October 2010 issue

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Safety net

Offering insurance products can be a way of not only adding value to the service you offer your clients, but also generating some additional revenue for your agency – and there are many insurance companies eager to work with you as Gillian Evans reports.

There are several reasons why language travel agents should offer their clients insurance products, says David Wood, Travel Account Manager at Endsleigh Insurance Services in the UK, including to “protect their students, create an additional revenue source for your organisation, and enhance the services you provide”.

Paula Johnson, Director of Cypress Intercâmbio Cultural & Cypress Homestays, who is based in Canada, views their insurance products as a valuable additional service for their clients. “Most of our students aren’t aware that the medical systems overseas aren’t free for tourists [and] students and once this is explained it is easier to convince them to acquire insurance,” she asserts.

Paola Zulian from Obiettivo Lingua in Italy agrees that not many of their students realise the dangers of inadequate insurance, particularly when travelling to North America. “We tell them that it is very important to have good cover when they go, for example, to the USA, where the health system is all private,” she adds.

Mónica Aguirre, Marketing Coordinator at Ingle International in Canada also highlights the importance of adequate cover, especially in North America. “When looking for travel medical insurance, it is important to look at the overall coverage, exclusions and limitations,” she advises. “Remember that a night at a North American hospital can cost US$3,000 or more.”

At Obiettivo Lingua, Zulian says that insurance is compulsory for those booking through their agency, whereas at other agencies, for example, StudyGlobal in Germany, it is an additional option. “Currently over 40 per cent of our overall clients book an insurance package,” relates Ramona Biehn at the agency. “These numbers have increased since 2007 when 31 per cent of all clients booked an insurance package. One reason for that increase is certainly a higher awareness of the necessity of sufficient insurance coverage amongst clients as well as an increased marketing effort with respect to insurance products by StudyGlobal. In addition, a more unstable economic situation may also have increased sales numbers of the cancellation insurance in particular as clients are looking for some kind of protection against unforeseen circumstances.”

StudyGlobal offers two different types of insurance products: international health and travel insurance and cancellation insurance, and they ensure their clients are thoroughly aware of the options. “Our clients can inform themselves about [the insurance] products on our website,” says Biehn. “Any client receiving a quote from StudyGlobal is also informed about the possibility to book international health & travel insurance as well as cancellation insurance as an additional optional service. Finally, after reservation, when sending out a pre-booking confirmation StudyGlobal again points out that students have to have sufficient health insurance in the destination country and provides them with information once again.”

For students, buying insurance through their language travel agency can offer them peace of mind, as they are already entrusting that agency with their education travel booking, as Biehn points out. She also underlines the fact that it saves clients time as they do not have to search for a different provider on their own. “Furthermore,” she says, “they can be sure to have an insurance product adapted to their needs and can always re-contact StudyGlobal if any doubts arise or in case of an insurance claim.”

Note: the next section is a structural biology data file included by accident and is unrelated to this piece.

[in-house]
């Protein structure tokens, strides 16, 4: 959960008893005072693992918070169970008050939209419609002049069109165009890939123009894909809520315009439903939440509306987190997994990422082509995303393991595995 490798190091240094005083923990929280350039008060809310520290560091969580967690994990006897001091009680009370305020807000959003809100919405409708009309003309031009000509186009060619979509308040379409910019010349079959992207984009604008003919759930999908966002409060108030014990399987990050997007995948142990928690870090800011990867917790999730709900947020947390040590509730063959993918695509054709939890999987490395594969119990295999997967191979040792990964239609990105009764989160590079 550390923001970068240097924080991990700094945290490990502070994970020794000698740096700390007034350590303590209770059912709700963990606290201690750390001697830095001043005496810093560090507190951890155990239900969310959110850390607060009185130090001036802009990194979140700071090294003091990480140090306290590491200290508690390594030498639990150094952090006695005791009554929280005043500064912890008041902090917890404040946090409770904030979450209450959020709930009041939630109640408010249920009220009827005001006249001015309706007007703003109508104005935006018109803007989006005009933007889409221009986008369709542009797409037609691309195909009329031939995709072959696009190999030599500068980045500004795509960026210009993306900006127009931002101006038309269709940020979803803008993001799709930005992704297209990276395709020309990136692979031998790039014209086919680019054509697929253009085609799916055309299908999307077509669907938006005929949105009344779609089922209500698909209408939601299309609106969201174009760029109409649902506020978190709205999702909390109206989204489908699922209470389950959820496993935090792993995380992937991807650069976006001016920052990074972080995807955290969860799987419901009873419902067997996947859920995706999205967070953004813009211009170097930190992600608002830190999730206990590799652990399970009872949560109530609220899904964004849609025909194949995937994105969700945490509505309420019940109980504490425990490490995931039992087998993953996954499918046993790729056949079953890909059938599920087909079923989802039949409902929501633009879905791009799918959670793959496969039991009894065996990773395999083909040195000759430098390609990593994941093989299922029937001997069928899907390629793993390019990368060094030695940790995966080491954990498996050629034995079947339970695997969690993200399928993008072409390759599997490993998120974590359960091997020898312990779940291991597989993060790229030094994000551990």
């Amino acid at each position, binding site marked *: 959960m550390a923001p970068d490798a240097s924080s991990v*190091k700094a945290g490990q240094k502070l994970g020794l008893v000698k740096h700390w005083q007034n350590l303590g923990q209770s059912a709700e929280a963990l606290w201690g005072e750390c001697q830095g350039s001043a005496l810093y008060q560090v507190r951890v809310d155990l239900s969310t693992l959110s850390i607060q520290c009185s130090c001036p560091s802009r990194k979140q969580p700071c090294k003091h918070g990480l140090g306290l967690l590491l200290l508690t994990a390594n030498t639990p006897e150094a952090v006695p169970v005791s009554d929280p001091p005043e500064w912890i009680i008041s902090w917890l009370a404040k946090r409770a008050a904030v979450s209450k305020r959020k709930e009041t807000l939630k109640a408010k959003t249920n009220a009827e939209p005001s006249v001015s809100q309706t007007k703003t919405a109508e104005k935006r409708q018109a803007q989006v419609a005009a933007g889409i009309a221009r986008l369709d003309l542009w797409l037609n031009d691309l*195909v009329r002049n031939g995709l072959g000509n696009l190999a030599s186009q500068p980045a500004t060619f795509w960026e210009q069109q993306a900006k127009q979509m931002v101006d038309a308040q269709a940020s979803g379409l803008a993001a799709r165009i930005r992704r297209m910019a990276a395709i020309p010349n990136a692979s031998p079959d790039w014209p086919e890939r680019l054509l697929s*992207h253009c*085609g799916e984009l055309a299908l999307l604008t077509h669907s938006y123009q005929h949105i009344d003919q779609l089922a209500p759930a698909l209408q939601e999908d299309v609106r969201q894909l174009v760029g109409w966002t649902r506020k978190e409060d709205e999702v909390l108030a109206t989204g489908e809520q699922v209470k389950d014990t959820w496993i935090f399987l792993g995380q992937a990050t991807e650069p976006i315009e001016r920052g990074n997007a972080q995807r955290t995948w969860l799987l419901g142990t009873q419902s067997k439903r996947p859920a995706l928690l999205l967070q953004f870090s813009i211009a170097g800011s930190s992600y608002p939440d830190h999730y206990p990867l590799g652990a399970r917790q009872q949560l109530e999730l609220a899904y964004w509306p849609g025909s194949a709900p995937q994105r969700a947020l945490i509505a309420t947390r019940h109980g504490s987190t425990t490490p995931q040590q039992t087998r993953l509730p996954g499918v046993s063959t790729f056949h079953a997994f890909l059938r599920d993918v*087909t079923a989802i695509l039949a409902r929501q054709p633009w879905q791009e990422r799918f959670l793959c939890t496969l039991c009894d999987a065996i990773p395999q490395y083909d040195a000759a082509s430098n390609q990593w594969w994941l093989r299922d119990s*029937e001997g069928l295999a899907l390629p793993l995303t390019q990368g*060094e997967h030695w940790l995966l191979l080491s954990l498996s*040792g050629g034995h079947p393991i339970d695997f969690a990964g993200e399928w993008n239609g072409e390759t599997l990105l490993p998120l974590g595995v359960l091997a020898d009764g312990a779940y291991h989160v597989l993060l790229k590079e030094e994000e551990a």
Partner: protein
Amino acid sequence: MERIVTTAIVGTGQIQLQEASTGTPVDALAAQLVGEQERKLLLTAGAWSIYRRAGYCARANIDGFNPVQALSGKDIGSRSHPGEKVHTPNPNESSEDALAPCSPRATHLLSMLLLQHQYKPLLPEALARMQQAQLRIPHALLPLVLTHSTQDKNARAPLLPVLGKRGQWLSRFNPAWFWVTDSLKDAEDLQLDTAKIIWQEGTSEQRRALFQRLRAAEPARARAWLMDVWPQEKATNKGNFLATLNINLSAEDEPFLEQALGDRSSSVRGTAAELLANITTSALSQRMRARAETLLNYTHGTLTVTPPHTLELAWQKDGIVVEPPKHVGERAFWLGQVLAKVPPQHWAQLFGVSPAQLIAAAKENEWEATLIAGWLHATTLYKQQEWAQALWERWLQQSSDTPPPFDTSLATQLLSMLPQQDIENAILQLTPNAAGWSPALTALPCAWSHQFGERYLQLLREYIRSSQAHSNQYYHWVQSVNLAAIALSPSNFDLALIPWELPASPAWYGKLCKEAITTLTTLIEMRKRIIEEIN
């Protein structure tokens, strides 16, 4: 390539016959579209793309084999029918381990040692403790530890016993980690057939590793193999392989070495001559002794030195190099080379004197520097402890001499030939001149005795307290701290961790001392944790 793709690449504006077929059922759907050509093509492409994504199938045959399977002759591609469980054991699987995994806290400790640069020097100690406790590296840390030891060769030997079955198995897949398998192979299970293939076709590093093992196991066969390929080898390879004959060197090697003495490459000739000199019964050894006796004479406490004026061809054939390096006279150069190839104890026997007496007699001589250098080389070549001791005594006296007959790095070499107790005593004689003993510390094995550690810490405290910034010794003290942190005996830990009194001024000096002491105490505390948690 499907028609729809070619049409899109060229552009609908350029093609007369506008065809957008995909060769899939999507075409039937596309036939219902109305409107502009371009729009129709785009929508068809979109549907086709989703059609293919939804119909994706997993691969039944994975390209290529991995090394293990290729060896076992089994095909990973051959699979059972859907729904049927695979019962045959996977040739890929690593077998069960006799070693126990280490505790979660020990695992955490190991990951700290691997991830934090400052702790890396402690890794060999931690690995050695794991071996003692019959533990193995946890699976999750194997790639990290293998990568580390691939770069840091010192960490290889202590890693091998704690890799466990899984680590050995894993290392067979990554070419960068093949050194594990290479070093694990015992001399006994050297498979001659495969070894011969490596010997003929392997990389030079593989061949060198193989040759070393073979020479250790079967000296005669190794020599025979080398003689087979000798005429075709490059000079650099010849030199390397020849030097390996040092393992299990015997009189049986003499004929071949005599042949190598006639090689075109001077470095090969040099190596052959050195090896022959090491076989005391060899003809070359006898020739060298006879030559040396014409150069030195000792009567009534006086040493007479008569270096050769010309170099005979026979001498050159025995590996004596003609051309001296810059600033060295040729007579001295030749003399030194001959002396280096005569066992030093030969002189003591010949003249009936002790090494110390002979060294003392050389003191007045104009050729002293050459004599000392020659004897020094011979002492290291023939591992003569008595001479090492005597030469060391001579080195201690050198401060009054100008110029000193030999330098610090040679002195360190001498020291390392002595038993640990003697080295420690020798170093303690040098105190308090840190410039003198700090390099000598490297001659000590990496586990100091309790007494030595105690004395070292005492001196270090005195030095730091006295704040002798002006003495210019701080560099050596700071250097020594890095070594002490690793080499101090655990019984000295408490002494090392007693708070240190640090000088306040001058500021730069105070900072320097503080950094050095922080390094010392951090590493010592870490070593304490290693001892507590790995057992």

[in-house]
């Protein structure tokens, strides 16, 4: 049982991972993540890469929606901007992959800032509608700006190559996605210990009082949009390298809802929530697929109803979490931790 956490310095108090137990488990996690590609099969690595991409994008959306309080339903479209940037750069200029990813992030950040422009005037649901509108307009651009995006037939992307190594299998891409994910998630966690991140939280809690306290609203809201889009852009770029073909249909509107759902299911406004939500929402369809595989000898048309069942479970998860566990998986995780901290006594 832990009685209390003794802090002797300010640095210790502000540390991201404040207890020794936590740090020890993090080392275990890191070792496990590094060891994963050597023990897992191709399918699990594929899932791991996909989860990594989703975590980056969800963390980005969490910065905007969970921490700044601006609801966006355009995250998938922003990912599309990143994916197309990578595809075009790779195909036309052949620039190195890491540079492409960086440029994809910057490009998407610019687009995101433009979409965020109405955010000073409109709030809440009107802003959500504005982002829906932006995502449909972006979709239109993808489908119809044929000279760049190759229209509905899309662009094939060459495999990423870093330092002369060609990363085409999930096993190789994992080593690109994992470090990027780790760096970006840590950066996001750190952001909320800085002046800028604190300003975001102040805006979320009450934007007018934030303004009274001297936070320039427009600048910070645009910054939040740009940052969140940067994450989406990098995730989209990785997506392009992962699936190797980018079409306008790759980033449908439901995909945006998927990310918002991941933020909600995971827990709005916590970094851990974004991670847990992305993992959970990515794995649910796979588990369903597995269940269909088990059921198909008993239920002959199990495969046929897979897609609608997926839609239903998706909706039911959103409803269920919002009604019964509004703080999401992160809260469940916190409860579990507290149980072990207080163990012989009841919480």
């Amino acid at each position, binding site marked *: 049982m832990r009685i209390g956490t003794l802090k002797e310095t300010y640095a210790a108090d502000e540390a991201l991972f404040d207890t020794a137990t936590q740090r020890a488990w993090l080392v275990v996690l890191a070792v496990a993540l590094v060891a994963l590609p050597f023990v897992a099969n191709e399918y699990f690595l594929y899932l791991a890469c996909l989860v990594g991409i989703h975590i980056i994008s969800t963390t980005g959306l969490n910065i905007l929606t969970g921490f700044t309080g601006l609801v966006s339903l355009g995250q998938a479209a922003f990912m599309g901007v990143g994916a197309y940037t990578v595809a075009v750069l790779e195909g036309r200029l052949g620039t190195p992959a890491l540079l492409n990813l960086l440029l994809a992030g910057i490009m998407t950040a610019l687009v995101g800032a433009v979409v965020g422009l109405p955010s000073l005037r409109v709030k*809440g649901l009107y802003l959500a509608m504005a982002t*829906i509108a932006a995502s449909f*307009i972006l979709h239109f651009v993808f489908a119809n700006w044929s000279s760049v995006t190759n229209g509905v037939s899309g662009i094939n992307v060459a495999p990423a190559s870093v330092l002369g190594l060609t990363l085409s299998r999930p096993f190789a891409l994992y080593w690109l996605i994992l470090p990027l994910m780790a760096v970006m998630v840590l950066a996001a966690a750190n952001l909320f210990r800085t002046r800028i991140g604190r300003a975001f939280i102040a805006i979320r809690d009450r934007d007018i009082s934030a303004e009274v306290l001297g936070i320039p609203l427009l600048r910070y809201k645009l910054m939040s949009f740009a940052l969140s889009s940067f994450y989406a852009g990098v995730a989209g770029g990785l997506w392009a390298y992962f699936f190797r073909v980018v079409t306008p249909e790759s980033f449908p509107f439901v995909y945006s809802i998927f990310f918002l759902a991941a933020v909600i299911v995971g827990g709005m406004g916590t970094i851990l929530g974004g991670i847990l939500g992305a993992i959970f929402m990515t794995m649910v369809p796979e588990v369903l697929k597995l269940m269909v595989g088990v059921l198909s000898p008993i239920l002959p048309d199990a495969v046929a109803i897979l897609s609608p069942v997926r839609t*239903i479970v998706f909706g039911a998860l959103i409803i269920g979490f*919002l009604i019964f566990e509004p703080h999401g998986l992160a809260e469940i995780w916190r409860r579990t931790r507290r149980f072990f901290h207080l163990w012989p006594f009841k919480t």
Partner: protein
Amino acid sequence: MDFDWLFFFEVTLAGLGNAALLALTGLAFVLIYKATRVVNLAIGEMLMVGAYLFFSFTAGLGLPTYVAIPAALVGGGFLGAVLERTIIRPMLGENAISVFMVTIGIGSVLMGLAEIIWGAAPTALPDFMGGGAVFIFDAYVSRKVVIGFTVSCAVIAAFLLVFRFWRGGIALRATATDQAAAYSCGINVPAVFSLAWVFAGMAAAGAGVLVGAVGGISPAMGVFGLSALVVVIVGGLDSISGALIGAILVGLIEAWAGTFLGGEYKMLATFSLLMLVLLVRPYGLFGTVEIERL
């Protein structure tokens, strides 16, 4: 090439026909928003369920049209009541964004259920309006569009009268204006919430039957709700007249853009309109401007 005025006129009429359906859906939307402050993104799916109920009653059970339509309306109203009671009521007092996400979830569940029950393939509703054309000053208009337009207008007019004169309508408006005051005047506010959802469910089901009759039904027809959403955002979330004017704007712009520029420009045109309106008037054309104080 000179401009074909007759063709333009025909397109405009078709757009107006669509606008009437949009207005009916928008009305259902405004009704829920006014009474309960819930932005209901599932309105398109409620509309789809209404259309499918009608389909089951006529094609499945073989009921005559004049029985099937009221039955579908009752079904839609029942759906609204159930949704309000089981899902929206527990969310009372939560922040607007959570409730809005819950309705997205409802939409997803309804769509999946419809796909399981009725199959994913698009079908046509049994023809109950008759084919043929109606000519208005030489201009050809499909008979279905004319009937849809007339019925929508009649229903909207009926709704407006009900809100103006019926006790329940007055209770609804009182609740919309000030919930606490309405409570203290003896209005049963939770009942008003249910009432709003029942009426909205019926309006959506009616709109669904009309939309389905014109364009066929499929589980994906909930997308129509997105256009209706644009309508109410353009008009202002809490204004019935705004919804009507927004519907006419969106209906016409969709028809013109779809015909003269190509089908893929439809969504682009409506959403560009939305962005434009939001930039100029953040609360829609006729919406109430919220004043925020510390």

For StudyGlobal the benefits of offering insurance plans are also clear. “Except from the fact that the offer of insurance products is an add-on to our main product which gives clients the possibility to buy a complete package, the company itself makes a commission of about 15-to-20 per cent on different insurance products,” relates Biehn.

But not all agencies offer insurance products. Panos Nikoloutsopoulos from Pan Educational in Greece says that from his experience, “Trying to arrange in the middle of the high season insurance is an arduous and time-consuming process. Another problem is that when I negotiated to arrange insurance with a company, terms and regulations were so complex that I gave up.” Instead, Nikoloutsopoulos generally arranges the insurance through the school the client is going to attend.

Trinh Nguyen at Overseas Employment & Overseas Study Services in Vietnam says they do the same as Pan Educational in Greece. “Usually we ask the schools or universities to arrange insurance for our students. They send us the invoice and students pay directly to them,” she relates.

Johnson acknowledges that there may be pitfalls with working with some insurance companies. “We’ve been fortunate with our insurance partners and we realise this may be a challenge if you are not working with the right insurance provider,” she says.

But many insurance companies are more than willing to partner with agencies, and work hard to ensure their products meet the needs of agency clients. According to Wood, they work in partnership with agencies, schools and universities “to identify the most appropriate way to offer insurance to their students and then provide them with a suitable solution”.

He continues, “We regularly review all of our travel insurance policies. We tailor them following feedback from our partners that use these products, as well as existing students, via student surveys. Using this regular process we are assured that adequate cover is provided to these students in the ways they most want it.”

Similarly, Aguirre at Ingle International says, “We continually update and improve our products to ensure they are the most competitive, robust offer on the market for international students.”